How to Make Cucumber Soup

  1. Peel, seed, and cut into strips 2 cucumbers
  2. Combine the cucumbers with 2 cups of chicken broth and 1 tablespoon of finely chopped onions.
  3. cook over low heat until the cucumbers are tender.
  4. While in a blender with salt and pepper to taste a bit of fresh dill.
  5. Cool then combine with 2 cups of yogurt. Garnish with chopped cucumber and dill.
  6. Serve in chilled bowls.

Cucumber Flavor Partners

  • Cucumbers have a flavor affinity for buttermilk, celery, chervil, dill, mint, onions, sweet bell peppers, pimiento, salmon, scallions, winter squash, tarragon, tomato, and yogurt.
  • Season cucumbers with salt, pepper, onion, garlic, dill, basil, mint, or tarragon.
  • Top cucumbers with vinegar or vinaigrette dressing, plain or flavored butter or margarine, plain or flavored mayonnaise, sour cream, or plain yogurt.
  • Dill is often used in pickling cucumbers, thus the term dill pickle.

Cucumber Nutrition

  • Cucumbers contain vitamins A and C, and also calcium, phosphorus, and iron.
  • A medium cucumber contains 15 calories.
Slice cucumber
American slicing cucumber

Types of Cucumbers

  • American slicing varieties grow from 6 to 10 inches (15-25 cm) in length and about 1½ inches (3.8 cm) around. Slicing cucumbers are grown outdoors and have smooth, usually thick, dark green skins. They are cylindrical and taper at each end. These cucumbers have been hybridized for size and shipping. They are large, full of water and can be a bit bland tasting. Use these for slicing and cooking. Check to make sure the grower has not waxed the skins of these cucumbers for shipping. Cucumbers are waxed to hold in the moisture and must be peeled before you eat them.
  • English greenhouse cucumbers—also called Dutch greenhouse, European burpless, greenhouse, hothouse, or seedless cucumbers—are grown year-round in greenhouses. These cucumbers are super-long from 12 to 15 inches (30-38 cm) in length, are thin-skinned, almost waterless, and virtually seedless. These cucumbers are crunchy and range in flavor from mildly sweet to nearly bland. Use these for slicing, sandwiches, and salads.
  • Middle Eastern cucumbers—also called Persian cucumbers and Beit Alpha types—look like European slicing cucumbers but are smaller and have slightly ridged skins. These cucumbers are grown both outdoors and in greenhouses. They have a light green flesh that is sweet, crunchy, and juicy (not watery). These are delicious cucumbers!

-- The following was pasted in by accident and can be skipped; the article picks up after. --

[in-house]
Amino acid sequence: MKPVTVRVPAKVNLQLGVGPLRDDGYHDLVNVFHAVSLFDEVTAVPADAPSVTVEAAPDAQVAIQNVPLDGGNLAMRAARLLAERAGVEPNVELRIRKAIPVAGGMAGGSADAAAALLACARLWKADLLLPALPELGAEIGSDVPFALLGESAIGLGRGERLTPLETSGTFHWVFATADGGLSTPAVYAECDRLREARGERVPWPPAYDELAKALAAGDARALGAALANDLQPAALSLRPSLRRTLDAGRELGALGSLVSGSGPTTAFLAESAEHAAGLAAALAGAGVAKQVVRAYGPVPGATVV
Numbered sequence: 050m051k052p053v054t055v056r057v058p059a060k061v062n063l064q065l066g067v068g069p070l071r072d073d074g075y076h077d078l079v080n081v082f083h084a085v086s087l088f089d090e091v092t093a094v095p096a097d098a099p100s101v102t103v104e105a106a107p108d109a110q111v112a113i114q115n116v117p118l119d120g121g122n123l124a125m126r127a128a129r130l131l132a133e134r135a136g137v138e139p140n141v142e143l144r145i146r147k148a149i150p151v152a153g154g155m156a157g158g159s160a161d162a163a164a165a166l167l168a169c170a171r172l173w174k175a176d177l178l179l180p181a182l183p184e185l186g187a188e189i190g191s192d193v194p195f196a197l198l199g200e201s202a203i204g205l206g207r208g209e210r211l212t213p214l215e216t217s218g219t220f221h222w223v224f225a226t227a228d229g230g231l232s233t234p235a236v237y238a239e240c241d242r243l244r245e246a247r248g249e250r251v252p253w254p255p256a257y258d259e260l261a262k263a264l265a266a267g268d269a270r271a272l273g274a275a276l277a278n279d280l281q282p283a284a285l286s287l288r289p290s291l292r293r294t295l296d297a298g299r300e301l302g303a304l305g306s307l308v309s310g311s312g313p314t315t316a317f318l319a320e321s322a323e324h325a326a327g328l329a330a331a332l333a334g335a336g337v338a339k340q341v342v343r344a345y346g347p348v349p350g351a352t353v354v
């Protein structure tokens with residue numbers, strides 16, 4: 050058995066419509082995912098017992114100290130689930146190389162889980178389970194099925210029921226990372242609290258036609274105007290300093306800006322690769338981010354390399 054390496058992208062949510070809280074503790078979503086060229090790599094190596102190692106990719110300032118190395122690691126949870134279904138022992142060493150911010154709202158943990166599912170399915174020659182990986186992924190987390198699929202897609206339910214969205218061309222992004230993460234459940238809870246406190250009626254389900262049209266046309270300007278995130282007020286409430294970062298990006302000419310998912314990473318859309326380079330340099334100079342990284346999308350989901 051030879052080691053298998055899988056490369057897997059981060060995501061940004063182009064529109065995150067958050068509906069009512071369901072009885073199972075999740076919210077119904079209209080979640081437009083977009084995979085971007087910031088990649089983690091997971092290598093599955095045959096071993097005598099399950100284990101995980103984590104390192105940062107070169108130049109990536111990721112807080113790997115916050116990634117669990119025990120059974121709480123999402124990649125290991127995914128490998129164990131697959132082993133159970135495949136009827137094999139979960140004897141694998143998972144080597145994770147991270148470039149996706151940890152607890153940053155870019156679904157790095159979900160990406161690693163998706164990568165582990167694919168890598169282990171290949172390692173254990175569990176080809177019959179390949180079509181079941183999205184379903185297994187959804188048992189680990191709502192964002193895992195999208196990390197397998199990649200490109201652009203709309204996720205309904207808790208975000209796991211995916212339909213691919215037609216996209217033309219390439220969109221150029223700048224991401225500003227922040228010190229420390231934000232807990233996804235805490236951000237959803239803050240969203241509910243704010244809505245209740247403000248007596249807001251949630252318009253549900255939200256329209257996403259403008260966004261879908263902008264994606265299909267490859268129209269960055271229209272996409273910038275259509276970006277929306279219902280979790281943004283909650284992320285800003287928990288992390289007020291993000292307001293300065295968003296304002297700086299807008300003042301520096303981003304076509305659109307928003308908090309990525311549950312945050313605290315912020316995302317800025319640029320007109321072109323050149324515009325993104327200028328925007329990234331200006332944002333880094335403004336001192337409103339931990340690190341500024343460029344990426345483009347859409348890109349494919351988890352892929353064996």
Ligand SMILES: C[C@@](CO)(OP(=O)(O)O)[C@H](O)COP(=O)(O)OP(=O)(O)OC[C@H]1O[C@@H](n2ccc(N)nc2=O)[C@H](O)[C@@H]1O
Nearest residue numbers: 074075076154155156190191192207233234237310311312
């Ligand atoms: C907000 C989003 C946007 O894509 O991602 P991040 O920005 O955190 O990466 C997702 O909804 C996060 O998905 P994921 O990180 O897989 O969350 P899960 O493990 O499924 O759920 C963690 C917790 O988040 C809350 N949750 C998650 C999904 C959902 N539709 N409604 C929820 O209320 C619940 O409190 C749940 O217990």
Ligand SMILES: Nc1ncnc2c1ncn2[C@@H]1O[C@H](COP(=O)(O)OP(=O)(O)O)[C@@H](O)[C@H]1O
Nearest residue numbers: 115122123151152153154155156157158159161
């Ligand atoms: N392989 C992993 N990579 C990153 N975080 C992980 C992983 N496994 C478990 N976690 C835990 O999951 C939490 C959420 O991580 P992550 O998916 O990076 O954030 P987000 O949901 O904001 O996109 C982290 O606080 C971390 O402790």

• Pickling varieties—also called sweet or dills, cornichons, and gherkins—grow to various lengths and are used to make pickles. The regular American dill—sometimes called “Kirby” after a named variety–grows from 1 to 6 inches (2.5-15 cm) long and has a pale to dark green bumpy skin. The French cornichons are smaller, 3 to 4 inches (7.5-10 cm) long. Gherkin pickling varieties have short, stumpy fruit to 3 inches (7cm) long.
  • These cucumbers have bumpy skins, a solid crunch, and can be lightly sweet if eaten fresh, not pickled.
  • Oriental cucumbers—also called Asian cucumbers, includes Japanese and Korean slicing cucumbers—range in size from 8 to 12 inches (20-30 cm) long. They are usually narrower than English slicing cucumbers and have bumpy skins and small spines that are easily brushed away. Fresh, they have a concentrated flavor, grassy aroma, and pickle-like crunch. They don’t need peeling and they have very few seeds.
  • Armenian cucumber—also called a serpent or snake melon—is not of the same species as other cucumbers, but it looks and is eaten like a cucumber. This cucumber is long and thin and can be slightly coiled. It has pale green skin and pale green flesh. The Armenian cucumber is very thin-skinned and has a mild flavor with a slightly sweet and citrus aftertaste.
  • Apple and lemon cucumbers are round, yellow-skinned, and grow to 2½ inches (6 cm) in diameter. These are generally thin-skinned with a mild, sweet flavor and a nice crunch. Use them sliced in salads and sandwiches and as a garnish for fish dishes.
Cucumber harvest
Cucumber ready for harvest

Get to Know Cucumbers

  • Cucumbers are warm-season tender annuals and belong to the same family as squash and melons. There are more than 40 varieties of cucumbers, and they range in size from 3 inches to 2 feet (7.5-60 cm) long. Cucumbers can be long and cylindrical, short and stout, or round like lemon or apple. They range in color from dark green to pale green to yellow.
  • Cucumbers probably originated in India or Thailand. They have been grown in India for at least 5,000 years. From India, traders took cucumbers to China and later to ancient Greece and Rome. The cucumber came to North America with the first colonists.

The botanical name of the cucumber is Cucumis sativus. The botanical name of the Armenian cucumber is Cucumis melo, Flexuosus Group.

Also of interest:

How to Grow Cucumbers

How to Harvest and Store Cucumbers

 

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2 Comments

  1. Both of the cucumbers pictured are lemon cucumbers. A lemon cucumber–shaped and colored like a lemon–were once oddities, but now are common. You can find seed or starts at the garden center. Peel them like an apple and eat them out of hand or slice them onto a salad. The taste is mild and sweet for a cucumber.